It was impossible to listen to Donavon Frankenreiter’s eponymous debut in 2004 without thinking of fellow singer-songwriter Jack Johnson. “Donavon Frankenreiter” featured the same brand of upbeat, laid-back music that seemed to wash in with the surf. Both musicians were, in fact, professional surfers. “Free,” the single played ubiquitously on local radio, could well have been one of Johnson’s songs, not least because Johnson appeared as a guest on the tune. “Move By Yourself,” Frankenreiter’s sophomore release, brings to mind a different set of musicians. The title track, which opens the CD, recalls Stevie Wonder and Sly & the Family Stone with its ’70s keyboard sounds and bass lines. All over the album, strummed acoustic guitars are replaced by synthesizers, wah-wah tones and strings; the effect is like time travel back to 1976. The one thing Frankenreiter doesn’t seem ever likely to ditch is the mellow vibe. He performs Friday, Oct. 27, at Belly Up, his first valley appearance since appearing – on a bill with Johnson – at the 2004 Jazz Aspen Labor Day Festival. Don’t expect Frankenreiter to appear solo as he did then; this music calls for backing players.
The scariest things are those that have an element of the unknown – the shadowy figure glimpsed out of the corner of the eye, the quickly forgotten nightmare that causes a vague but palpable horror. Video artist and University of Colorado professor Phil Solomon finds fright in those things barely realized in “Night of the Meek.” The video, part of the Aspen Art Museum’s Colorado Biennial, Part I, is 26 minutes of nonstop shape-shifting. Just as the viewer is about to get a handle on an image, it has passed, visually morphed into the next shadowy object. Out of this black-and-silver kaleidoscope emerge just a handful of solid figures, and they are sufficient to provide a haunting narrative: swastikas, a six-pointed star, soldiers marching (or is it prisoners being marched?), the word “Juden,” the German word for Jew. Add an ominous soundtrack, also created by Solomon, and the experience is at least at unsettling as the average teenage horror film. Part I of the Biennial, featuring work by six Colorado artists, shows through Sunday, Oct. 29. Part II, with six more of the state’s artists, runs Nov. 10-26.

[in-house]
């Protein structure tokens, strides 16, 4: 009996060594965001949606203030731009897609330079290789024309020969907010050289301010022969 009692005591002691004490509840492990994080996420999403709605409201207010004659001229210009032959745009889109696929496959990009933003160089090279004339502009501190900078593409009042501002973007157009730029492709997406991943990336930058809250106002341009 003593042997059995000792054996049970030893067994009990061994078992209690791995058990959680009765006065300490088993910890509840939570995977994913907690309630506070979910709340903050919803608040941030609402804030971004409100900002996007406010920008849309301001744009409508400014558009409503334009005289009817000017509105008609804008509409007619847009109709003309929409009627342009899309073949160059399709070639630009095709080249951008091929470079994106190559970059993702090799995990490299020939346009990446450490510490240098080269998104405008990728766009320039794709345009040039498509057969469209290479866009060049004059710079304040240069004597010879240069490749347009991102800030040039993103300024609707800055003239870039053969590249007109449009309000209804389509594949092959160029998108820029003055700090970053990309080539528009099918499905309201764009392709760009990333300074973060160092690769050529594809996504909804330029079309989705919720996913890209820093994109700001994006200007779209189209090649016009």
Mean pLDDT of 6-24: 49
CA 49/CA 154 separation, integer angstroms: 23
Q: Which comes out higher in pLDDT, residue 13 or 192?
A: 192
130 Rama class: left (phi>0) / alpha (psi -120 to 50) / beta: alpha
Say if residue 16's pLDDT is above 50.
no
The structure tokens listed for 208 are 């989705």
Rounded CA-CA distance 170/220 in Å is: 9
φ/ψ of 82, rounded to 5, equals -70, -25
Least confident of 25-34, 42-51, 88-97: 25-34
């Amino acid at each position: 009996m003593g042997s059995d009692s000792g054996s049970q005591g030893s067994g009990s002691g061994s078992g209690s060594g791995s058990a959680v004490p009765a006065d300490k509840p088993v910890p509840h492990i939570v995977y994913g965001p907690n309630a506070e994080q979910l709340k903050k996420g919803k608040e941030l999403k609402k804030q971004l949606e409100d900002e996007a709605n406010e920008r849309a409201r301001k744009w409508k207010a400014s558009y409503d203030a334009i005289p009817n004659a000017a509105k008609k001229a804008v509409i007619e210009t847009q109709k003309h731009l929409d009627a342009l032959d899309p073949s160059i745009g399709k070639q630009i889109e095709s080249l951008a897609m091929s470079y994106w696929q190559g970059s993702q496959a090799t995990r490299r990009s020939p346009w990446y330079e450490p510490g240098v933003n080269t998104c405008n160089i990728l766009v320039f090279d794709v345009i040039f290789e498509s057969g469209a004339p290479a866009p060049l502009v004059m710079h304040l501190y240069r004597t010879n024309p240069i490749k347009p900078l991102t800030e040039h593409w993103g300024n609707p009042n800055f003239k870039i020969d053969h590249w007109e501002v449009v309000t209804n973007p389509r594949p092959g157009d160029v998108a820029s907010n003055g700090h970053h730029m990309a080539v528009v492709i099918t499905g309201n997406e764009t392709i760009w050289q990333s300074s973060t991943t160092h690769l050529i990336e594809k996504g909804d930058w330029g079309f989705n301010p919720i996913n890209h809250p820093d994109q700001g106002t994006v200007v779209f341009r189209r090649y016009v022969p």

Assuming that “Flags of Our Fathers” merits the raves it is receiving, we can crown 76-year-old Clint Eastwood the greatest American director of the moment. As improbable as that sounds, it’s hard to dispute. After 1992’s acclaimed Western “Unforgiven,” Eastwood sank into a decade of mediocre work, and no one emerges from that abyss in their late 60s. No one but Dirty Harry, anyway. Eastwood’s 2003 gem “Mystic River” was a magnificent reflection on loss, revenge and Boston’s Irish. The following year’s “Million Dollar Baby” was actually a tiny step down, but still good enough to earn (and deserve) the Best Picture Oscar and a Best Director for Eastwood. “Flags of Our Fathers,” about the raising of the flag at Iwo Jima and the aftermath for the six men involved, has impeccable credentials. The 2000 book, by James Bradley and Ron Powers, was a surprise hit; the screenplay was co-written by Paul Haggis, who followed his “Million Dollar Baby” script by writing and directing “Crash,” last year’s top Oscar-winner.
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